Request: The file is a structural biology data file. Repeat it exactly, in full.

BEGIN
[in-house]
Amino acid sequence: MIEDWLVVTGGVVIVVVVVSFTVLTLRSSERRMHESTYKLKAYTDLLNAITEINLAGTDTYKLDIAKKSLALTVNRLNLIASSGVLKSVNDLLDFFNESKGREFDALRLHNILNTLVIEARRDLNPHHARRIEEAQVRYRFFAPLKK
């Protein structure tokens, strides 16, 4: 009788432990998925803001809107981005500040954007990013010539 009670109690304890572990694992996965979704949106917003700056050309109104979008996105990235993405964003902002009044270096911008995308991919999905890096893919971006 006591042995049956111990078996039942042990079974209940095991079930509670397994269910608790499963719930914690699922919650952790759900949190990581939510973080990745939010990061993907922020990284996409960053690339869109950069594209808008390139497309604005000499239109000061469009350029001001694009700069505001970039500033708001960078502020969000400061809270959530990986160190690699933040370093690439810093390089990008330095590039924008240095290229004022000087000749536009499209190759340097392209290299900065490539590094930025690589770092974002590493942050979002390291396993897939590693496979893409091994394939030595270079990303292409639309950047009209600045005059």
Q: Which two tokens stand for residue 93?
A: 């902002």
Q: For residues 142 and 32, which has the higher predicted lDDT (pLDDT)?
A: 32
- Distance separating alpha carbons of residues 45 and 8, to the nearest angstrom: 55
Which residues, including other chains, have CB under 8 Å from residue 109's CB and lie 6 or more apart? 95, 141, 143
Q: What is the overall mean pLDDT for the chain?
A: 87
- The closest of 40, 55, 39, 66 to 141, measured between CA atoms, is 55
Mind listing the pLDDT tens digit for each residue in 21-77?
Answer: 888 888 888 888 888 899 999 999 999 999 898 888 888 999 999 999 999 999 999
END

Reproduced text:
[in-house]
Amino acid sequence: MIEDWLVVTGGVVIVVVVVSFTVLTLRSSERRMHESTYKLKAYTDLLNAITEINLAGTDTYKLDIAKKSLALTVNRLNLIASSGVLKSVNDLLDFFNESKGREFDALRLHNILNTLVIEARRDLNPHHARRIEEAQVRYRFFAPLKK
């Protein structure tokens, strides 16, 4: 009788432990998925803001809107981005500040954007990013010539 009670109690304890572990694992996965979704949106917003700056050309109104979008996105990235993405964003902002009044270096911008995308991919999905890096893919971006 006591042995049956111990078996039942042990079974209940095991079930509670397994269910608790499963719930914690699922919650952790759900949190990581939510973080990745939010990061993907922020990284996409960053690339869109950069594209808008390139497309604005000499239109000061469009350029001001694009700069505001970039500033708001960078502020969000400061809270959530990986160190690699933040370093690439810093390089990008330095590039924008240095290229004022000087000749536009499209190759340097392209290299900065490539590094930025690589770092974002590493942050979002390291396993897939590693496979893409091994394939030595270079990303292409639309950047009209600045005059």
Q: Which two tokens stand for residue 93?
A: 């902002």
Q: For residues 142 and 32, which has the higher predicted lDDT (pLDDT)?
A: 32
- Distance separating alpha carbons of residues 45 and 8, to the nearest angstrom: 55
Which residues, including other chains, have CB under 8 Å from residue 109's CB and lie 6 or more apart? 95, 141, 143
Q: What is the overall mean pLDDT for the chain?
A: 87
- The closest of 40, 55, 39, 66 to 141, measured between CA atoms, is 55
Mind listing the pLDDT tens digit for each residue in 21-77?
Answer: 888 888 888 888 888 899 999 999 999 999 898 888 888 999 999 999 999 999 999